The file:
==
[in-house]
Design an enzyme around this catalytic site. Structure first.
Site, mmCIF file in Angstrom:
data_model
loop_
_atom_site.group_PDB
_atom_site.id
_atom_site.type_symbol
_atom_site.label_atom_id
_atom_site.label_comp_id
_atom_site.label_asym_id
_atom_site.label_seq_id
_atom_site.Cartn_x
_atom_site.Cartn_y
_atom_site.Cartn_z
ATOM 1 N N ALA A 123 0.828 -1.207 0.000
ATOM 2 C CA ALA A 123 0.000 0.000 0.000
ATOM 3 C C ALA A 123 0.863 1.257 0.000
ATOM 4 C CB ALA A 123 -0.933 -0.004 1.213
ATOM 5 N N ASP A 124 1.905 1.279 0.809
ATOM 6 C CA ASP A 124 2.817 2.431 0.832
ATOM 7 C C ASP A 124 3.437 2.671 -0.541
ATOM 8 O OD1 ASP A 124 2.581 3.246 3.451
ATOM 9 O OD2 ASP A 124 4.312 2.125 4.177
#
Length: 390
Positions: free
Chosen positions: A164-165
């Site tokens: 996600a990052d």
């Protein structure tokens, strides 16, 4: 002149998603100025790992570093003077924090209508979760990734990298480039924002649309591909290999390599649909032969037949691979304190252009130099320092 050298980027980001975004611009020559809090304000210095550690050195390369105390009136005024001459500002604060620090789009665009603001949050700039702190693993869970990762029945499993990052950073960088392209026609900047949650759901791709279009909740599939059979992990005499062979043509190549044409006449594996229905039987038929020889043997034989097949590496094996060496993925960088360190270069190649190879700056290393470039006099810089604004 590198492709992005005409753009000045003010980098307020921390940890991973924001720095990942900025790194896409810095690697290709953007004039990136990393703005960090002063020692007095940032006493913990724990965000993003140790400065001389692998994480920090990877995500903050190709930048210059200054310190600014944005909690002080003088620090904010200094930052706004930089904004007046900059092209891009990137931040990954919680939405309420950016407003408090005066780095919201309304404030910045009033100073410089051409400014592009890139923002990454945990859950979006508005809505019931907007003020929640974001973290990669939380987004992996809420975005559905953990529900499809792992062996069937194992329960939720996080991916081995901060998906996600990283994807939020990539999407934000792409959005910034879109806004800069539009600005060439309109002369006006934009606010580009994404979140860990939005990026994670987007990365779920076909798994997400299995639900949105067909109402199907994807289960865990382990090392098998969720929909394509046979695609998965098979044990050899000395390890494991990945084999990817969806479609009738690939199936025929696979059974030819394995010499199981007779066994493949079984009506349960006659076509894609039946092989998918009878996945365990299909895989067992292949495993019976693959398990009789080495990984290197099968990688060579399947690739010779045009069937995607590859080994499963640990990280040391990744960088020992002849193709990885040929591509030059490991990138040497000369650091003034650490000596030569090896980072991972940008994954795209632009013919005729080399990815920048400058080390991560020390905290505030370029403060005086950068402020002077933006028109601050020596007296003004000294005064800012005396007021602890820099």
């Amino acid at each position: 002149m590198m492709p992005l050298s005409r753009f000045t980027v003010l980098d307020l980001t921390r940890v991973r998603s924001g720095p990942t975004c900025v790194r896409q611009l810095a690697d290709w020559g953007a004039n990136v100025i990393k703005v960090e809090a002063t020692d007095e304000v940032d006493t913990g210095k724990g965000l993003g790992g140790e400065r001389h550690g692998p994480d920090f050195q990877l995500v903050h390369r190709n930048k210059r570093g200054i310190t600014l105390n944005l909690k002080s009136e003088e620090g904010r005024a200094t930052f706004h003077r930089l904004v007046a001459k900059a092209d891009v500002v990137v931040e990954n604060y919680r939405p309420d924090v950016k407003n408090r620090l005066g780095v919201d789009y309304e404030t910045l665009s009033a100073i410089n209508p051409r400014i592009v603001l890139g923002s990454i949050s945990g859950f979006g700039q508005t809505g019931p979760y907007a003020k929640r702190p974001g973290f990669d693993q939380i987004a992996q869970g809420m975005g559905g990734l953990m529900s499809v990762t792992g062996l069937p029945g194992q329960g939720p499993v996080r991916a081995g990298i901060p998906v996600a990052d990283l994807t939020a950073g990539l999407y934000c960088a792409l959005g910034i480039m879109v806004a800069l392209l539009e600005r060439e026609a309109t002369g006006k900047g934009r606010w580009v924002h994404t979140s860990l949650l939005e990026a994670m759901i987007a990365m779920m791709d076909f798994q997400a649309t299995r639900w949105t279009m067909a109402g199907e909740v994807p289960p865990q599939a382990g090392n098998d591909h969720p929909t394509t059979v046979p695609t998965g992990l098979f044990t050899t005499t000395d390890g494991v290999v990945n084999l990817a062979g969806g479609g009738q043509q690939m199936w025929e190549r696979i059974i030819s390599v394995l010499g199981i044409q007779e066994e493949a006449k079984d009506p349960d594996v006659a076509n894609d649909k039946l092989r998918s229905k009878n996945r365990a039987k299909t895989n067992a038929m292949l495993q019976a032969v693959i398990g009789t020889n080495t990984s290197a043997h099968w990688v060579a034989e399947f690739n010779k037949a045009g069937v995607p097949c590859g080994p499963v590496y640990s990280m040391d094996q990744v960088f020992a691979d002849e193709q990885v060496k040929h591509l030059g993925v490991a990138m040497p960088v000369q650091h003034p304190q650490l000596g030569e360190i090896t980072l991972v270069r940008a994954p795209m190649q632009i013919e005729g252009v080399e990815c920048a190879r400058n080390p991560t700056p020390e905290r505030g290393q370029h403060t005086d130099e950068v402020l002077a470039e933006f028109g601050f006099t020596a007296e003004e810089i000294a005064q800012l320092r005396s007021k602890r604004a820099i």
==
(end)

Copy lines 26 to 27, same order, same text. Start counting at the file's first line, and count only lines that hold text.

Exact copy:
Length: 390
Positions: free